There is no cure for ND-PAE. However, there are various treatments and interventions that can help people with ND-PAE improve their daily functioning and enhance their quality of life.

Treatment options will vary depending on each person’s needs and symptoms. Regular follow-ups, close monitoring, and treatment plan changes may be necessary.

A doctor may recommend medications such as:

  • stimulants to regulate attention and impulsivity
  • antidepressants to treat mood and sleep issues
  • neuroleptics to help manage aggression and anxiety
  • anti-anxiety medications to manage anxiety

Other treatments that may help include:

  • behavior and education therapy, which can help improve learning, social skills, and educational skills
  • training for parents and caregivers on how to communicate with, nurture, and support a child who has ND-PAE
  • support from a family counselor or therapist

Protective factors

Some factors around treatment, known as protective factors, may help reduce complications and help children with ND-PAE flourish.

These include:

  • diagnosis before 6 years of age
  • a loving, empathetic, and stable home environment during a child’s school years
  • an environment without domestic violence
  • enrollment in special education programs and social services

Alternative therapies for ND-PAE

Some parents may try untested therapies that are sometimes effective in helping children with ND-PAE. These might include:

  • animal therapy
  • relaxation therapy, including visual imagery and meditation
  • auditory training
  • creative art therapy
  • massage
  • acupuncture
  • yoga and exercise
  • biofeedback
  • vitamins, herbal supplements, and homeopathy

However, it is important to consult a doctor before trying these methods for a child, as little evidence supports their use.

ND-PAE affects brain development and behavior. It may also cause cardinal dysmorphic facial features. ND-PAE overlaps with alcohol-related neurodevelopmental disorder (ARND), but ARND does not cause cardinal dysmorphic facial features to develop.

Fetal alcohol syndrome (FAS) and alcohol-related birth defects (ARBD) are other types of FASD. Children with FAS may have reduced growth, cardinal dysmorphic facial features, nervous system issues, and problems with vision, hearing, or communication. FAS causes more physical impairments alongside the behavioral challenges than ND-PAE does.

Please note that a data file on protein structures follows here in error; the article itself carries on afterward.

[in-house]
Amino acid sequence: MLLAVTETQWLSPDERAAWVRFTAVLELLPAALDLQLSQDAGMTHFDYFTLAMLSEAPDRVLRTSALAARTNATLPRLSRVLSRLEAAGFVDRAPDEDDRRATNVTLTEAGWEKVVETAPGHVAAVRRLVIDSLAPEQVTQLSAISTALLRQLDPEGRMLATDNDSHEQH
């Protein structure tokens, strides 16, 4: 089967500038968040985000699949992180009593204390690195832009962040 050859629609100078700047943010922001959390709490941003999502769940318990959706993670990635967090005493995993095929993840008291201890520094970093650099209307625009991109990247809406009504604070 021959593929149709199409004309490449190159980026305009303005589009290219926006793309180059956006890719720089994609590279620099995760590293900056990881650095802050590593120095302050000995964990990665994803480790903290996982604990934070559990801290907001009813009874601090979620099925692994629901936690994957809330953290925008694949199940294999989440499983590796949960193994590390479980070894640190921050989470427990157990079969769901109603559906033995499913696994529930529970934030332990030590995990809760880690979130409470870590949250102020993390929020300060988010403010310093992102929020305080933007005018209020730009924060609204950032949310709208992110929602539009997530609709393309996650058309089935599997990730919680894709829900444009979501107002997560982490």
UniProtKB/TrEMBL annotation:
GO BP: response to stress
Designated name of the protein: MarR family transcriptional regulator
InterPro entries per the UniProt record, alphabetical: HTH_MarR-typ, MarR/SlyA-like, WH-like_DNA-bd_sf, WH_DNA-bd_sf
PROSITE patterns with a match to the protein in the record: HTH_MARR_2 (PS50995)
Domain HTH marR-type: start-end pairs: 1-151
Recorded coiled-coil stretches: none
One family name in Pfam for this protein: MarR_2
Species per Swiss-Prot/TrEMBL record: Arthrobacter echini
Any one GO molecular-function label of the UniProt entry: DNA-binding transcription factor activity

Those with ARBD do not display behavioral or cognitive difficulties but could have issues with one or more organs, their bones, and their hearing.

The complications of ND-PAE are mostly social, cognitive, and occupational. They can include:

  • difficulty with planning, organizing, and following instructions
  • trouble with reasoning, problem-solving, and abstract thinking
  • issues when processing emotions, social cues, and norms
  • reduced memory and recall

These symptoms can affect a person’s experiences with school, work, family, and friends.

The best way to prevent ND-PAE is to avoid alcohol completely during a confirmed pregnancy or when trying to get pregnant. Drinking any amount of alcohol at any time during pregnancy introduces the risk of ND-PAE and other FASDs.

Stopping alcohol use at any point during pregnancy can reduce the risk of ND-PAE and preserve healthy brain development. All types of alcohol, including wine and beer, are harmful during pregnancy.

Resources are available for people who might benefit from support to stop drinking alcohol, including:

Neurobehavioral disorder associated with prenatal alcohol exposure (ND-PAE) is a type of fetal alcohol spectrum disorder. It can happen when a person drinks during pregnancy. Alcohol can pass to the fetus through a person’s placenta, interfering with the nervous system during growth.

ND-PAE can cause psychological, cognitive, behavioral, and physical symptoms, although the symptoms vary.

Parents or caregivers of a child with ND-PAE should work with the doctor to create an individualized care plan that supports the child’s learning, social development, and emotional well-being. The best way to prevent the condition is to completely avoid alcohol consumption during pregnancy.